At the in-laws'
September 1992

Monday morning
September 14, 1992 (arf, arf)

I'm not sure, but I think that Monday may be turning into my favorite day of the week  ...  Ray is back to work, the kids are back in school, and with the exception of Mak later in the day, I am alone.  As long as no one calls and tries to engage me in a long phone conversation (Lori, Velma, Janet, Valerie)  ...  and as long as Andrea doesn't call and ask me to watch her kids  ...  I should be able to get some things done today, including a page or two written in my journal.  This was an interesting weekend, and I'd like to share some of it with you.

After cleaning Kyle's room on Saturday morning, I still had energy to spare, so I ran four loads of laundry, gave the laundry room and my desk a thorough going-over, and mopped all the floors.  Jamie took off to go book-shopping with Janet and her girls; in exchange, I wound up with Joey here most of the afternoon.  He and Kyle and Kacie immediately got into one of their ear-splitting, hair-pulling fights out in the front yard ("Kyle threw a KNIFE at me!" Kacie howled  ...  THAT got my attention right away.  It was only after I dragged all three of them into the house and questioned them that I learned that Kacie had tied up her little brother in a sheet and left him trapped inside of it.  HONESTLY.)  Anyway, I made them all sit on the sofa for the rest of the afternoon, until Janet got here to pick up Joey.  Lately the fighting (especially between Kacie and Kyle) has escalated to the point where I don't know how to handle it.  Every single afternoon they start in with this crap, and I'm totally frustrated.  Do they hate each other so much?!  It's as though they can't even be in the same room together anymore, not even for a minute  ...  Kacie will say something to tease her brother, Kyle gets madder and madder, Kacie teases him some more, Kyle swears at her, Kacie laughs at him, Kyle reacts by punching or kicking, Kacie responds with same  ...  next thing I know, they're chasing each other through the house screaming bloody murder, and either someone gets really hurt or something gets broken (like my owls last week) and I wind up screeching at BOTH of them.  I've actually considered making it a rule that they're not allowed to be in the same room together between 4 and 6 p.m. every day  --  for some reason, those are The Volatile Hours  --  but how practical is that, really?  Not very.  But something definitely needs to be done about this situation, because I just can't live with it anymore.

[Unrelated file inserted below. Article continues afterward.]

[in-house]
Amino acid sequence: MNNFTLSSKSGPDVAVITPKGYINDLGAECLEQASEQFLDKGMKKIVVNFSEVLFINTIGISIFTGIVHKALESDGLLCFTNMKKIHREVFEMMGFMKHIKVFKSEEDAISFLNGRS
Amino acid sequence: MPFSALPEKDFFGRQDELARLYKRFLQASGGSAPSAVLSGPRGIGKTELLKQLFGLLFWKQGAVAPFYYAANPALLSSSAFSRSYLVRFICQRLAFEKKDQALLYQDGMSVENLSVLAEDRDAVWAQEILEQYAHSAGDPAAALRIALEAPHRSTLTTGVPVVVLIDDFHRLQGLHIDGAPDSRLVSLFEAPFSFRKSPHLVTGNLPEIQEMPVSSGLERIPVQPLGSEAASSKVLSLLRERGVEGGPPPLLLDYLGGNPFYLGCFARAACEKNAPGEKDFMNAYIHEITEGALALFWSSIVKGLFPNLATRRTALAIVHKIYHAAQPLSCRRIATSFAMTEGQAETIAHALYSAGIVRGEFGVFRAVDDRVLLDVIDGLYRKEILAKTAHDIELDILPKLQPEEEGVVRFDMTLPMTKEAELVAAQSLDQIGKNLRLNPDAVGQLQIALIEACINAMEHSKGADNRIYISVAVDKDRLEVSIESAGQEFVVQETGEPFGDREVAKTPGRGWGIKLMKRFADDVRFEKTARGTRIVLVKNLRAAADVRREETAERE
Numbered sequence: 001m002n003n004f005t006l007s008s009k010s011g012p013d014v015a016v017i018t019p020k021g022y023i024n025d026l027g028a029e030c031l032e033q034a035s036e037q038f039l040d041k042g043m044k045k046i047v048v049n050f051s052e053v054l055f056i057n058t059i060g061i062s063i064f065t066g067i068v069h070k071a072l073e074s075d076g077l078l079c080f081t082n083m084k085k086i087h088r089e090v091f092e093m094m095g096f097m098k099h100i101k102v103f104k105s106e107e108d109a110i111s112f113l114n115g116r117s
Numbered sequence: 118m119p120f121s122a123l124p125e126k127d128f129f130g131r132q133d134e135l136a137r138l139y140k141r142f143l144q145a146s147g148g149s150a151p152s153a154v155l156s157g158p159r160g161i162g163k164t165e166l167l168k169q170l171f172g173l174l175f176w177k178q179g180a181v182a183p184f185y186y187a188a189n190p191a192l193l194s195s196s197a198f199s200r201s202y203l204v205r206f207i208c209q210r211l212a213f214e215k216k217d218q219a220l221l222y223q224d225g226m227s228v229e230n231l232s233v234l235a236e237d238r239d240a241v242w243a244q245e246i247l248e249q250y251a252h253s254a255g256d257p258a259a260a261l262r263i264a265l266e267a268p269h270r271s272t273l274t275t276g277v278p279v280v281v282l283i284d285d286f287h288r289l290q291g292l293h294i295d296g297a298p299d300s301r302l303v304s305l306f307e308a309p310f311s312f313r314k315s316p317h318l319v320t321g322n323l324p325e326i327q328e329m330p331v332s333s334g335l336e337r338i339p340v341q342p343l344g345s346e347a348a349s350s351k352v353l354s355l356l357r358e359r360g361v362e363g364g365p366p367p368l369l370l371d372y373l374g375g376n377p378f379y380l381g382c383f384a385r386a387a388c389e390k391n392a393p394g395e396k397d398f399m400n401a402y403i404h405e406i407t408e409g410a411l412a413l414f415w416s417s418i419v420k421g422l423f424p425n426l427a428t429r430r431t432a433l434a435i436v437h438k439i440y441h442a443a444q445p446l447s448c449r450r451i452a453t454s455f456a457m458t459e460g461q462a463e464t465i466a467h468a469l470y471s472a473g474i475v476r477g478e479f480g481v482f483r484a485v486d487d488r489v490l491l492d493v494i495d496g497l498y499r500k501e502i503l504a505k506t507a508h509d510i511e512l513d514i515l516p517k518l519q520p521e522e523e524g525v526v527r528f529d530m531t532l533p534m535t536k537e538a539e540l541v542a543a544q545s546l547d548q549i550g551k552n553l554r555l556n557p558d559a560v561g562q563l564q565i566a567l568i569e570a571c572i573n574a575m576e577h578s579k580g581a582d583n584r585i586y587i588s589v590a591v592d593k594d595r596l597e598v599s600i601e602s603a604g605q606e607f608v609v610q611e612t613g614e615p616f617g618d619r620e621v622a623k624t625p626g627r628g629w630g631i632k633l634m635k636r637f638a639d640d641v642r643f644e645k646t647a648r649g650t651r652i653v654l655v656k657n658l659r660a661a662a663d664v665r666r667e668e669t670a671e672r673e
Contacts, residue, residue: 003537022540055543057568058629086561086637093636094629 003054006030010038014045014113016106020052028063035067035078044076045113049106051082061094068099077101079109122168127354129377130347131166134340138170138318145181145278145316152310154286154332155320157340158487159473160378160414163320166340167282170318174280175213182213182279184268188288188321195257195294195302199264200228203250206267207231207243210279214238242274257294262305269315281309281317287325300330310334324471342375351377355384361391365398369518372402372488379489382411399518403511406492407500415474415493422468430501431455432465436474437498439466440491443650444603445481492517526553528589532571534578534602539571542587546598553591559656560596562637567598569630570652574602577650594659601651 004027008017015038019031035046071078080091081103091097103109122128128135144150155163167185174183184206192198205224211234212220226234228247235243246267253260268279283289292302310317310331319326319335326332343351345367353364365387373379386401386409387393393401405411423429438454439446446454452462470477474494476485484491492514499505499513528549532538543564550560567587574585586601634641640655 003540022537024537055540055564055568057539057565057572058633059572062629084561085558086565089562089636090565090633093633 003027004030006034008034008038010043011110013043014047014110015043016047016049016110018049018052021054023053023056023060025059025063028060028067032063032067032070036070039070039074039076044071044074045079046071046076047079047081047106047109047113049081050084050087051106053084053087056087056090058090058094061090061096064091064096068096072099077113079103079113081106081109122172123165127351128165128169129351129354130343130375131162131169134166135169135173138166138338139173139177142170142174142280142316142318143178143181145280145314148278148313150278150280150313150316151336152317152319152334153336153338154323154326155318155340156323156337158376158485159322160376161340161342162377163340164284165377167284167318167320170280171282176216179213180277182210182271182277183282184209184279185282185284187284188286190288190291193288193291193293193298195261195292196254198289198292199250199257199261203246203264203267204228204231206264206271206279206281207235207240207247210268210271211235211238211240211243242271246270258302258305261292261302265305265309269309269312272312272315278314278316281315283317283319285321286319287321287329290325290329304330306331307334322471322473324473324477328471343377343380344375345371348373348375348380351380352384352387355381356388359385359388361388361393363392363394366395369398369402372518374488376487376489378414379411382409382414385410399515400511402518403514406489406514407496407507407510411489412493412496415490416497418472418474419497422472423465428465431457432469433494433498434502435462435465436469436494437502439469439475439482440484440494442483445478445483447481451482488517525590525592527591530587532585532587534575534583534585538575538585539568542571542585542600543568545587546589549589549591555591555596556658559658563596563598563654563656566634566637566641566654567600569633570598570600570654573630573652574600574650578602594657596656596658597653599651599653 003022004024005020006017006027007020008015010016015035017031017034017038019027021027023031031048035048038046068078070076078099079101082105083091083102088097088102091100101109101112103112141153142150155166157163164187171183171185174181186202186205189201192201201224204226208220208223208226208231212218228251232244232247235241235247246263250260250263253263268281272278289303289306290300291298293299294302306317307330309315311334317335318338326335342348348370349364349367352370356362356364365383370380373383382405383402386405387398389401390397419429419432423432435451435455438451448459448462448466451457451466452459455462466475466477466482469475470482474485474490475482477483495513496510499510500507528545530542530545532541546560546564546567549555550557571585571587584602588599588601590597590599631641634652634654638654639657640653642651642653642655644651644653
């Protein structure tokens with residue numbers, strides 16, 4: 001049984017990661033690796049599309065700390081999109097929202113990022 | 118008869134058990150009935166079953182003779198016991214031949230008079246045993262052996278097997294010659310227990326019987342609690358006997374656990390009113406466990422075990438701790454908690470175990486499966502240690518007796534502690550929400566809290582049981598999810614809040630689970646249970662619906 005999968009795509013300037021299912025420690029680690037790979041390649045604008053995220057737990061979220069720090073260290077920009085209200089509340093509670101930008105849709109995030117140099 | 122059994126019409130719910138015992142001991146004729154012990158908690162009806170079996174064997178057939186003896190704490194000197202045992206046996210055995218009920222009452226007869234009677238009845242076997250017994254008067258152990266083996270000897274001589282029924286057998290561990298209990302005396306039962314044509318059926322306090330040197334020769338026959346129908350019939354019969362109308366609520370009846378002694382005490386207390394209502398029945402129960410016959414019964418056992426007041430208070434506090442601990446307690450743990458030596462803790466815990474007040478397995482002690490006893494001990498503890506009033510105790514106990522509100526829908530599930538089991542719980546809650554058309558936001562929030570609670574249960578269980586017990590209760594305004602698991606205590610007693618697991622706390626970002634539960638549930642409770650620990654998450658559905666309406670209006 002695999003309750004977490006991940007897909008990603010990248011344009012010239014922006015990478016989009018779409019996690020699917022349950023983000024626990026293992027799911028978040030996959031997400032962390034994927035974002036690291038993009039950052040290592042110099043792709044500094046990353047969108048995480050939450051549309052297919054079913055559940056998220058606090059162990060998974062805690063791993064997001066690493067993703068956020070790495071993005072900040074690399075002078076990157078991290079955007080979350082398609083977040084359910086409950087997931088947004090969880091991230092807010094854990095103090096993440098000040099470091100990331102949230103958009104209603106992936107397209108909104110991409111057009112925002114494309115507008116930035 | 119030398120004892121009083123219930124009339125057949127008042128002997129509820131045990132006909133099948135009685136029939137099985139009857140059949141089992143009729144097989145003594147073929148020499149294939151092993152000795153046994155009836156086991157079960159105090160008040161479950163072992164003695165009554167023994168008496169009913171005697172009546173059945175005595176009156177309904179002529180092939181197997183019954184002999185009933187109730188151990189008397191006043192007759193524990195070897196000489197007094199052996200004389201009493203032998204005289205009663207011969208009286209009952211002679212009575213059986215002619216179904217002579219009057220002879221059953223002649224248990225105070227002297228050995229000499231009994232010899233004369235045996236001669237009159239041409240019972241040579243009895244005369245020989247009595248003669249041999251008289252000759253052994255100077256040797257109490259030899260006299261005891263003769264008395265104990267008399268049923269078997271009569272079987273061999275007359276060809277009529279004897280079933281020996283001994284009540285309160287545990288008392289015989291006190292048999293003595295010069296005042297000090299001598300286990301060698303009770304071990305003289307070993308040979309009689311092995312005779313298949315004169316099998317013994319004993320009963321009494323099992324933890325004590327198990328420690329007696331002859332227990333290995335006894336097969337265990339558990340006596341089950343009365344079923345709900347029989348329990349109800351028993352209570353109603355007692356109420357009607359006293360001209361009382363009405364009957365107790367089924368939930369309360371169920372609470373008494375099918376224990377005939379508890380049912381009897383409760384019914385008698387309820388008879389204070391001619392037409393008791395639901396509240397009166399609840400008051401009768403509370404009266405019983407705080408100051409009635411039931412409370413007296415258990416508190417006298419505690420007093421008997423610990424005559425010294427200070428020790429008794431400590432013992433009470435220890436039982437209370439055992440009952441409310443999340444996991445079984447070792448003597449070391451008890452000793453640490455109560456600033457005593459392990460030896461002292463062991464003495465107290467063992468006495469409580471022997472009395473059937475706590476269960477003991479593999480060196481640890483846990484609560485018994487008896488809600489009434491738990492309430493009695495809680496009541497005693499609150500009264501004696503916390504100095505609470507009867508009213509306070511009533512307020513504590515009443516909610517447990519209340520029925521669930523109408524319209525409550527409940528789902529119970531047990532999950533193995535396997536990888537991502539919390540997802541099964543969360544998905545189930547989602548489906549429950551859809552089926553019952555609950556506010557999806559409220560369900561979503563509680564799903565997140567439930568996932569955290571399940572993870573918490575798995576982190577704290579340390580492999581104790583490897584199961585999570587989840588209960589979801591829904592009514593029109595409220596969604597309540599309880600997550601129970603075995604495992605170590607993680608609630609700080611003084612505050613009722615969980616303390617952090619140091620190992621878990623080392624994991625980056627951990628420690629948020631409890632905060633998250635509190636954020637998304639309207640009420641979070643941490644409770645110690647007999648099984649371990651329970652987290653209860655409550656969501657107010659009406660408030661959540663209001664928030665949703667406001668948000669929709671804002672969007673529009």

At any rate, things did calm down by Saturday evening, thank god.  It was storming outside, very cold, so Ray built a fire in the woodstove (one of the first of the season: I guess summer is over!), and Jamie made popcorn and everybody watched "Ghostbusters."  I enjoyed a pleasant evening in my office, working on a scrapbook for Barbara's baby and talking to Lori on the phone.  (I had some wine, but nothing like last Wednesday night: I had important committments the next day and could NOT afford another two-day hangover.)  On nights like that  --  when all five of us are together under the same roof, and it's cold and rainy outside but warm and cozy inside  --  I feel as though everything is right with the world.  Nothing else seems to matter  ...  not money worries, not a messy house, not even the idea that "romance" is permanently missing from my life  ...  as a matter of fact, these things seem kind of silly and inconsequential.  The only thing that genuinely matters is that my family is together, safe and healthy, and my children are still young, and it's 1992 and time could come to a standstill right now and I wouldn't mind a bit  ...